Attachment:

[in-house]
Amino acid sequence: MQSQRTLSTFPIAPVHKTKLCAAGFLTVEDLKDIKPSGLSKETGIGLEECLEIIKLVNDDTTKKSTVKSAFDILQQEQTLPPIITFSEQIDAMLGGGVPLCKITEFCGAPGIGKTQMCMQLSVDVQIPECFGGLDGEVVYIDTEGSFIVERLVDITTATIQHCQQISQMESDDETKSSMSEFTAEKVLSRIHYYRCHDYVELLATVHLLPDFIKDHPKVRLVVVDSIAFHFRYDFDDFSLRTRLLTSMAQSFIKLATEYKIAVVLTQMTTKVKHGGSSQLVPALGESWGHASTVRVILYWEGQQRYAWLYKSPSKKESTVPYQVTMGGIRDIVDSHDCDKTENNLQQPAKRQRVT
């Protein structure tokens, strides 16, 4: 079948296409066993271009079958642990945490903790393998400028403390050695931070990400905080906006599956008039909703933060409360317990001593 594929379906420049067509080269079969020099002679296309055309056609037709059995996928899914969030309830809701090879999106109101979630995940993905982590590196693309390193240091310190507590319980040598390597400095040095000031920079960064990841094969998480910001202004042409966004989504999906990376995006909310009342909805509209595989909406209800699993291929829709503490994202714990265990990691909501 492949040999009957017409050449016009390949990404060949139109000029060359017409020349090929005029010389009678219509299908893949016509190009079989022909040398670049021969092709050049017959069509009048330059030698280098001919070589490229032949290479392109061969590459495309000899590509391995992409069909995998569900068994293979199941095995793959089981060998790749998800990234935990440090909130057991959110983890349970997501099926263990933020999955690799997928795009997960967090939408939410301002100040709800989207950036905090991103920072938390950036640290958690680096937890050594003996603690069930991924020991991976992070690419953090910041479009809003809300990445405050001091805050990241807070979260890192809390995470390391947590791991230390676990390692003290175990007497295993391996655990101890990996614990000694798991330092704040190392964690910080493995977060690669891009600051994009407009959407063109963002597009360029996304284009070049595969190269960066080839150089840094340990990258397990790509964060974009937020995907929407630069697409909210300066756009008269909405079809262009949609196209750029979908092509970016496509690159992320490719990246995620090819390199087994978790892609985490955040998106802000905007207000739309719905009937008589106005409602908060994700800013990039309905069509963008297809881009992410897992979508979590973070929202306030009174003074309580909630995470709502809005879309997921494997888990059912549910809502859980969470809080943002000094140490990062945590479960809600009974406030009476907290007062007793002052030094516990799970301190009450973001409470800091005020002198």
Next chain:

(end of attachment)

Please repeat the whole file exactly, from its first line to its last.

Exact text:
[in-house]
Amino acid sequence: MQSQRTLSTFPIAPVHKTKLCAAGFLTVEDLKDIKPSGLSKETGIGLEECLEIIKLVNDDTTKKSTVKSAFDILQQEQTLPPIITFSEQIDAMLGGGVPLCKITEFCGAPGIGKTQMCMQLSVDVQIPECFGGLDGEVVYIDTEGSFIVERLVDITTATIQHCQQISQMESDDETKSSMSEFTAEKVLSRIHYYRCHDYVELLATVHLLPDFIKDHPKVRLVVVDSIAFHFRYDFDDFSLRTRLLTSMAQSFIKLATEYKIAVVLTQMTTKVKHGGSSQLVPALGESWGHASTVRVILYWEGQQRYAWLYKSPSKKESTVPYQVTMGGIRDIVDSHDCDKTENNLQQPAKRQRVT
């Protein structure tokens, strides 16, 4: 079948296409066993271009079958642990945490903790393998400028403390050695931070990400905080906006599956008039909703933060409360317990001593 594929379906420049067509080269079969020099002679296309055309056609037709059995996928899914969030309830809701090879999106109101979630995940993905982590590196693309390193240091310190507590319980040598390597400095040095000031920079960064990841094969998480910001202004042409966004989504999906990376995006909310009342909805509209595989909406209800699993291929829709503490994202714990265990990691909501 492949040999009957017409050449016009390949990404060949139109000029060359017409020349090929005029010389009678219509299908893949016509190009079989022909040398670049021969092709050049017959069509009048330059030698280098001919070589490229032949290479392109061969590459495309000899590509391995992409069909995998569900068994293979199941095995793959089981060998790749998800990234935990440090909130057991959110983890349970997501099926263990933020999955690799997928795009997960967090939408939410301002100040709800989207950036905090991103920072938390950036640290958690680096937890050594003996603690069930991924020991991976992070690419953090910041479009809003809300990445405050001091805050990241807070979260890192809390995470390391947590791991230390676990390692003290175990007497295993391996655990101890990996614990000694798991330092704040190392964690910080493995977060690669891009600051994009407009959407063109963002597009360029996304284009070049595969190269960066080839150089840094340990990258397990790509964060974009937020995907929407630069697409909210300066756009008269909405079809262009949609196209750029979908092509970016496509690159992320490719990246995620090819390199087994978790892609985490955040998106802000905007207000739309719905009937008589106005409602908060994700800013990039309905069509963008297809881009992410897992979508979590973070929202306030009174003074309580909630995470709502809005879309997921494997888990059912549910809502859980969470809080943002000094140490990062945590479960809600009974406030009476907290007062007793002052030094516990799970301190009450973001409470800091005020002198």
Next chain: